Q. Did National Rifle Association (NRA) spokesman Wayne LaPierre ever serve in the military? He's the right age for Vietnam. The reason I ask is that virtually every person I know who is into guns has never served in combat -- or even the military. -- C.J., of Columbia
A. You can add Mr. LaPierre to your list. Born Nov. 8, 1948, LaPierre, now 64, was indeed at the height of his Selective Service eligibility during the Vietnam War in the mid to late 1960s.
But like me and untold thousands of other young men at the time, the NRA CEO spent those years in college with deferments. As a result, the primary enemies he has kept figuratively in his sights for the past 35 years are those whom he sees chipping away at the Second Amendment.
If you're interested in his background, LaPierre earned a bachelor's in education in 1972 from Siena College in Loudonville, N.Y., followed by a master's in government from Boston College. He soon went into lobbying and has spent his life in government and political advocacy.
After serving as a legislative aid, LaPierre joined the NRA in 1977 as a liaison for the NRA's Institute of Legislative Action. He quickly rose through the ranks, becoming the NRA-ILA's executive director in 1986 and the group's overall executive direct in 1991.
He also has served on the boards of such groups as the American Association of Political Consultants and the American Conservative Union. His title now is CEO and executive vice president of the NRA, which is thought to pay him roughly a million per year.
As you know, he is a lightning rod for criticism both good and bad. While NRA membership climbed dramatically in the 1990s, his description of federal agents as "jackbooted thugs" even after the Oklahoma City bombing in 1995 prompted former President George H.W. Bush to resign his NRA life membership in 1995. (Find his letter at www.nytimes.com.)
His 2000 statement that former President Bill Clinton would permit killing to further his push for gun control brought mild criticism from even then NRA President Charlton Heston, who called it "extreme rhetoric." An accomplished author on gun-rights issues, he further stoked his controversial history with statements that followed the recent Sandy Hook, Conn., school shooting.
Q. A few of us at the retirement home recently began discussing whatever became of Benedict Arnold, the notorious traitor during the Revolutionary War. Did he ever return to the United States? Where is he buried?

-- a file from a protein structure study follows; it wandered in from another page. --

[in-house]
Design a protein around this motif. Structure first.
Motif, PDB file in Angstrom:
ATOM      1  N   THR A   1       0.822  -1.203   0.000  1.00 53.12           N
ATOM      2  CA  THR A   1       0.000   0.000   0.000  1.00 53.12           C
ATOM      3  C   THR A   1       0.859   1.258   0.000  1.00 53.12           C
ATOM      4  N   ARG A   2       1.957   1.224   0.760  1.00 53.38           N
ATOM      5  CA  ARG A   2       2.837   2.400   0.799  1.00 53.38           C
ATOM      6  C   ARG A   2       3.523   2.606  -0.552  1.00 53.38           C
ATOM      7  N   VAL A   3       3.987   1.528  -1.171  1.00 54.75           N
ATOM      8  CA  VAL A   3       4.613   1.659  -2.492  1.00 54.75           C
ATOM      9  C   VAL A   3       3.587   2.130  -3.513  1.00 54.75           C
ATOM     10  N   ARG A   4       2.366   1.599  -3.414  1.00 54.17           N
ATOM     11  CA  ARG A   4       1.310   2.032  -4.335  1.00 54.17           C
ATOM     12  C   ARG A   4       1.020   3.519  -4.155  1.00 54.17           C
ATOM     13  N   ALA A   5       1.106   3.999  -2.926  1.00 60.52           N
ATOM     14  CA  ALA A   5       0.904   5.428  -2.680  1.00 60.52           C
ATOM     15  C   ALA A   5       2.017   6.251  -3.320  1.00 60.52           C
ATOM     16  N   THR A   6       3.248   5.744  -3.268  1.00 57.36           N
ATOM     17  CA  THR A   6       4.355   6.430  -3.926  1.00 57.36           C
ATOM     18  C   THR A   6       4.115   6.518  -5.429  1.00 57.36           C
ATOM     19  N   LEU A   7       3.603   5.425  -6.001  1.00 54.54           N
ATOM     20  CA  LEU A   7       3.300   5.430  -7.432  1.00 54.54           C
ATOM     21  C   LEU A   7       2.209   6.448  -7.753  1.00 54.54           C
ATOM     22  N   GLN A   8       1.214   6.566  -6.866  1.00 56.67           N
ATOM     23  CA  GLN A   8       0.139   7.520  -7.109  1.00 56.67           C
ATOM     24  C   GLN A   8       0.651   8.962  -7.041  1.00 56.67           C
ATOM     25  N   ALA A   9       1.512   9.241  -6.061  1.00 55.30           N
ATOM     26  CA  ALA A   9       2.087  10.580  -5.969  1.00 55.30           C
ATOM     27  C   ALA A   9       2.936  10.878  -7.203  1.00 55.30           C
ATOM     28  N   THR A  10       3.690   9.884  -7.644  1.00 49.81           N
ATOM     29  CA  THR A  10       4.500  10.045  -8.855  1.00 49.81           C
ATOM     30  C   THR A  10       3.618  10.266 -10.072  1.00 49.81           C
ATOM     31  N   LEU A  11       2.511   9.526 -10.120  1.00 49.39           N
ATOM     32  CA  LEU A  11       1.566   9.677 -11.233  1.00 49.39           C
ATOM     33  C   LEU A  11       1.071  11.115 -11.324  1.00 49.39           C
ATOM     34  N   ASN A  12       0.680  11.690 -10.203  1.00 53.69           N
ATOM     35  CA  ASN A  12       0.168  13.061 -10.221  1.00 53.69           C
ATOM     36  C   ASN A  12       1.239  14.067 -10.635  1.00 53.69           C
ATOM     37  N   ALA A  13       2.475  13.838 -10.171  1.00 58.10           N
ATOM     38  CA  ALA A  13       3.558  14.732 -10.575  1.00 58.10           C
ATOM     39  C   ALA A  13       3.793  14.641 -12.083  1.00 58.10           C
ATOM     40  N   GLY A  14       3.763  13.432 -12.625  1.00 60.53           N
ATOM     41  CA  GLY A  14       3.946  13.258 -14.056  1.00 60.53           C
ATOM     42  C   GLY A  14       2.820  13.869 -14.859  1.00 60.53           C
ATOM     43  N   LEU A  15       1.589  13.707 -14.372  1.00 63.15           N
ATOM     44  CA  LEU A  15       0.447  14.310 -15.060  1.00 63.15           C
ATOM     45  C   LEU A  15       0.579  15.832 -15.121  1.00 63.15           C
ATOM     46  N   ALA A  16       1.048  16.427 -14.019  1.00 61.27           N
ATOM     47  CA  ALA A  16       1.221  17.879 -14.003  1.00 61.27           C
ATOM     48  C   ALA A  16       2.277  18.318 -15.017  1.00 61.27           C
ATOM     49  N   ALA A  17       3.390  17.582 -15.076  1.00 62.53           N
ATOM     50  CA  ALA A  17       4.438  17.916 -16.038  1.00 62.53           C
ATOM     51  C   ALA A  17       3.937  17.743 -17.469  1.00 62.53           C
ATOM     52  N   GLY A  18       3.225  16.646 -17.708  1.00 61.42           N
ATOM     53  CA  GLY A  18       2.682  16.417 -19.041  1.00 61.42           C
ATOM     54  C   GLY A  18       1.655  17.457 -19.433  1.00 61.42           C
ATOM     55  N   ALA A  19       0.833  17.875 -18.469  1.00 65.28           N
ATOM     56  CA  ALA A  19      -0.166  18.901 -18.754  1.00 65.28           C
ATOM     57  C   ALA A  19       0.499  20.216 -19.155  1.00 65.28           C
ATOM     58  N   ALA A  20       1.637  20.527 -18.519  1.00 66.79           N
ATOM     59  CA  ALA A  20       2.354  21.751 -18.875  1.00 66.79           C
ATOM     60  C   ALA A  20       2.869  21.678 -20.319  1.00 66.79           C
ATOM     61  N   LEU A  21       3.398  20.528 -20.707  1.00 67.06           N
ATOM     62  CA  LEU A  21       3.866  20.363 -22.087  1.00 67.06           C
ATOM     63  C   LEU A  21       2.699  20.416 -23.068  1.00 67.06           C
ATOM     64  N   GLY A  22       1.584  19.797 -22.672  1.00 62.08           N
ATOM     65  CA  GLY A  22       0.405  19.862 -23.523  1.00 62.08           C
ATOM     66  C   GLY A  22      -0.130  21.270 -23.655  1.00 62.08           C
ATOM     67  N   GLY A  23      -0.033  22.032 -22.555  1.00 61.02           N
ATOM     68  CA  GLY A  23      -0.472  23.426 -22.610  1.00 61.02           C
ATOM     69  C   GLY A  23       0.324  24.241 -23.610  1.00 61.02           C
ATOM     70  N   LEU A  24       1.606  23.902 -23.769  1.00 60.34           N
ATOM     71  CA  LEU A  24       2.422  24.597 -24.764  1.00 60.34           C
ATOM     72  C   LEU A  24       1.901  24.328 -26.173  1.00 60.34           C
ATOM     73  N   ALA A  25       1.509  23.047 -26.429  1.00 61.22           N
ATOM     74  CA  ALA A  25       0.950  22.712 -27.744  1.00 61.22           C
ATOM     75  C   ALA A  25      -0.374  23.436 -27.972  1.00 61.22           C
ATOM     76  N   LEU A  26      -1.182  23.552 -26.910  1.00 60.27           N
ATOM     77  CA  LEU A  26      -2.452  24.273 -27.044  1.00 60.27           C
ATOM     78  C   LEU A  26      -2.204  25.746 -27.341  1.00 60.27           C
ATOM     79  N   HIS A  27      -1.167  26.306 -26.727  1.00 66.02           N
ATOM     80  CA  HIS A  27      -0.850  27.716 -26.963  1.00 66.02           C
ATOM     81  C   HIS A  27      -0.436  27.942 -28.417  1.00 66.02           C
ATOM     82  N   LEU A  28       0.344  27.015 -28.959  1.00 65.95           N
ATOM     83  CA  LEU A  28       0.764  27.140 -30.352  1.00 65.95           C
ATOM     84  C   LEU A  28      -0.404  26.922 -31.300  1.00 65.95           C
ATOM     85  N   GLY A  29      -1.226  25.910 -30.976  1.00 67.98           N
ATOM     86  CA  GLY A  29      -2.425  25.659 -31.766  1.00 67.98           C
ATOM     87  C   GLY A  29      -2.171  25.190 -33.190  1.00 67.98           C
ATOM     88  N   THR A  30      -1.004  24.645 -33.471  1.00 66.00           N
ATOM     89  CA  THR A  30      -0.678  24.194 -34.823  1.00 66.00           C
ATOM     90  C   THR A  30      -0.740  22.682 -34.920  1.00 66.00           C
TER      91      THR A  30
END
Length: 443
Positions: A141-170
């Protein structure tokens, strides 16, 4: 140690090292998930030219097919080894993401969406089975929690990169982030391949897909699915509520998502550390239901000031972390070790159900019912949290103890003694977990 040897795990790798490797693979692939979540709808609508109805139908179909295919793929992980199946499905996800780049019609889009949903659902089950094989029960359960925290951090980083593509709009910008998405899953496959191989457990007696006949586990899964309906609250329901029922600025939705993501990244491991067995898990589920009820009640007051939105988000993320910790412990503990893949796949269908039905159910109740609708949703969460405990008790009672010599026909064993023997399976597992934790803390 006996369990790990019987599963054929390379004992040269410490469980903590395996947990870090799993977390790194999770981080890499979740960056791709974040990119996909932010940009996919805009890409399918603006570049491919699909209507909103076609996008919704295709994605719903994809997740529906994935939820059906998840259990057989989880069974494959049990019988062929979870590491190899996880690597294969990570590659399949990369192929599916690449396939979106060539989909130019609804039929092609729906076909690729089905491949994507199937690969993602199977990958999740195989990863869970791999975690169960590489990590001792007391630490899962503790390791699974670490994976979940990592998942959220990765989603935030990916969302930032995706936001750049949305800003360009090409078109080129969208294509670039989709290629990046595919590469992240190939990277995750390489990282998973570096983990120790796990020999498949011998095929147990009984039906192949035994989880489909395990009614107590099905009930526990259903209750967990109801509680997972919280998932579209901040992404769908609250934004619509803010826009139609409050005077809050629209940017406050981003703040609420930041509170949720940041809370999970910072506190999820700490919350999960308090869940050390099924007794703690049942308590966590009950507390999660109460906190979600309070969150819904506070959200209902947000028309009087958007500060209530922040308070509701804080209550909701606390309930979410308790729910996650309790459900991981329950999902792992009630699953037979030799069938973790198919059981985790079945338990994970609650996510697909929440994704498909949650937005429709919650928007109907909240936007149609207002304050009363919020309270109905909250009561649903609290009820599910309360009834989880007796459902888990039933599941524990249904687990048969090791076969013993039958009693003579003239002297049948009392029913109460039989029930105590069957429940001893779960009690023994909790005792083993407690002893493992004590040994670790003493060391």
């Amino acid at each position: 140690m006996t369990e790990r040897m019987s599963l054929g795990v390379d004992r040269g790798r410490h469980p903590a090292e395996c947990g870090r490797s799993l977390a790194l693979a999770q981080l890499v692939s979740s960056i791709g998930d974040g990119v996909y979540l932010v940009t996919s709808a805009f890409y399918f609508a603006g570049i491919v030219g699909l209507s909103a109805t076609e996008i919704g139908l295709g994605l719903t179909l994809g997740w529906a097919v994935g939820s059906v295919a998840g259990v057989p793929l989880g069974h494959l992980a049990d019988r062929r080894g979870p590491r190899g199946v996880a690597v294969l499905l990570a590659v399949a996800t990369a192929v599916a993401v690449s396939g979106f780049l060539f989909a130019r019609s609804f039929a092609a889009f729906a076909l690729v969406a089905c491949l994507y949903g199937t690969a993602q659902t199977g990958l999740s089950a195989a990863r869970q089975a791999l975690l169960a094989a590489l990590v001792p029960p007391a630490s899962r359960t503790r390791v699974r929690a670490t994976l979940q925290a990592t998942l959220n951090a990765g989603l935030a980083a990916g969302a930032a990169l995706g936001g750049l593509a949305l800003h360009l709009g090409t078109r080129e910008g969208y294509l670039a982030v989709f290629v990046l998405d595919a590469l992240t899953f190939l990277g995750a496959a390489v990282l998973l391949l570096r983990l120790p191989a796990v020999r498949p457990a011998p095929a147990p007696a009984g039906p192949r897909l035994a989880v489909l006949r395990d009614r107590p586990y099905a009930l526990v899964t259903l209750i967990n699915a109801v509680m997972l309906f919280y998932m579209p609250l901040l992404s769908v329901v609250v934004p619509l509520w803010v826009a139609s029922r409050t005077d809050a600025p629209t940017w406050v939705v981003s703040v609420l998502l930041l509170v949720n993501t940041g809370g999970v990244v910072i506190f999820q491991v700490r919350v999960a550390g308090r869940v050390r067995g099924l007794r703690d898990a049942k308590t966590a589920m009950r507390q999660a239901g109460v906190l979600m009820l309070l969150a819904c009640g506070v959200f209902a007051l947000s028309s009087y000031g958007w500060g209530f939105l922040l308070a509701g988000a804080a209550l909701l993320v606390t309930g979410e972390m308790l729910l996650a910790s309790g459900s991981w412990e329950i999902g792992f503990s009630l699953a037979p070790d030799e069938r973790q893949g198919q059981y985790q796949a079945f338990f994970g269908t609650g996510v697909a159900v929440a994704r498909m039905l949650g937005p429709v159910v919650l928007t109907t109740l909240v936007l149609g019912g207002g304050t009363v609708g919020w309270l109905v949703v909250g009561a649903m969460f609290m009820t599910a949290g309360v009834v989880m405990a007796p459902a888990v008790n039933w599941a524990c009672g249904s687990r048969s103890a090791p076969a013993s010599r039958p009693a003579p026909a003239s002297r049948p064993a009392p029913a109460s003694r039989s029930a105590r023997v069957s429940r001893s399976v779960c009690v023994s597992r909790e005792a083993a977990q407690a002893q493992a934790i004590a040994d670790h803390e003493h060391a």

-- Carl Williams, of Fairview Heights
A. Probably not many remember what happened after Arnold was caught trying to surrender West Point to the British, but he actually stayed in the U.S. to fight the American colonists.
That's right -- two months after George Washington granted his request for his wife's safe passage to Philadelphia, Arnold spent most of the next year as a commissioned brigadier general in the British Army. He led raids in Virginia, proposed attacks on economic targets in New York and captured Fort Griswold, Conn.
But the tide was turning, and soon after Gen. Cornwallis surrendered at Yorktown in October 1781, Arnold quickly got out of Dodge, sailing off to England with his family.
The closest he came to returning to the U.S. was in 1785, when he and his son Richard moved to St. John, New Brunswick, Canada, where he set up shop as a land speculator and trader of goods from the West Indies. But even there he would gain many business enemies, forcing him to return to London in 1791.
Suffering from old war wounds and worsening gout, Arnold died in 1801 at age 60. Legend has it his final words were "Let me die in this old (Continental Army) uniform in which I fought my battles. May God forgive me for wearing any other!" The father of eight was buried at St. Mary's Church in Battersea, London.
But despite that apocryphal deathbed conversion, his name still remains synonymous with "traitor" -- although there is a monument in Saratoga National Historical Park that reads "In memory of the most brilliant soldier of the Continental Army ... " His name, however, is not mentioned.
To what Scott do many attribute the source of the expression "Great Scott!"?
Answer to Sunday's trivia: On Howdy Doody (long before the days of political correctness), Chief Thunderthud belonged to the Ooragnak tribe, which is "kangaroo" spelled backward. I thought it was ironic that Bob Keeshan, who played Clarabell the Clown on the show from 1948 until he left in 1952 over a salary dispute, would go on to fame as Captain Kangaroo. (He said he chose the name because of the huge pockets in his coat.) For the Howdy Doody fan who called me Monday, three people played the mute Clarabell: Keeshan followed by Robert "Nick" Nicholson and Lew Anderson, who finally said "Goodbye, kids" to close the final show on Sept. 24, 1960.
Send your questions to Roger Schlueter, Belleville News-Democrat, 120 S. Illinois St., P.O. Box 427, Belleville, IL 62222-0427 or firstname.lastname@example.org or call 239-2465.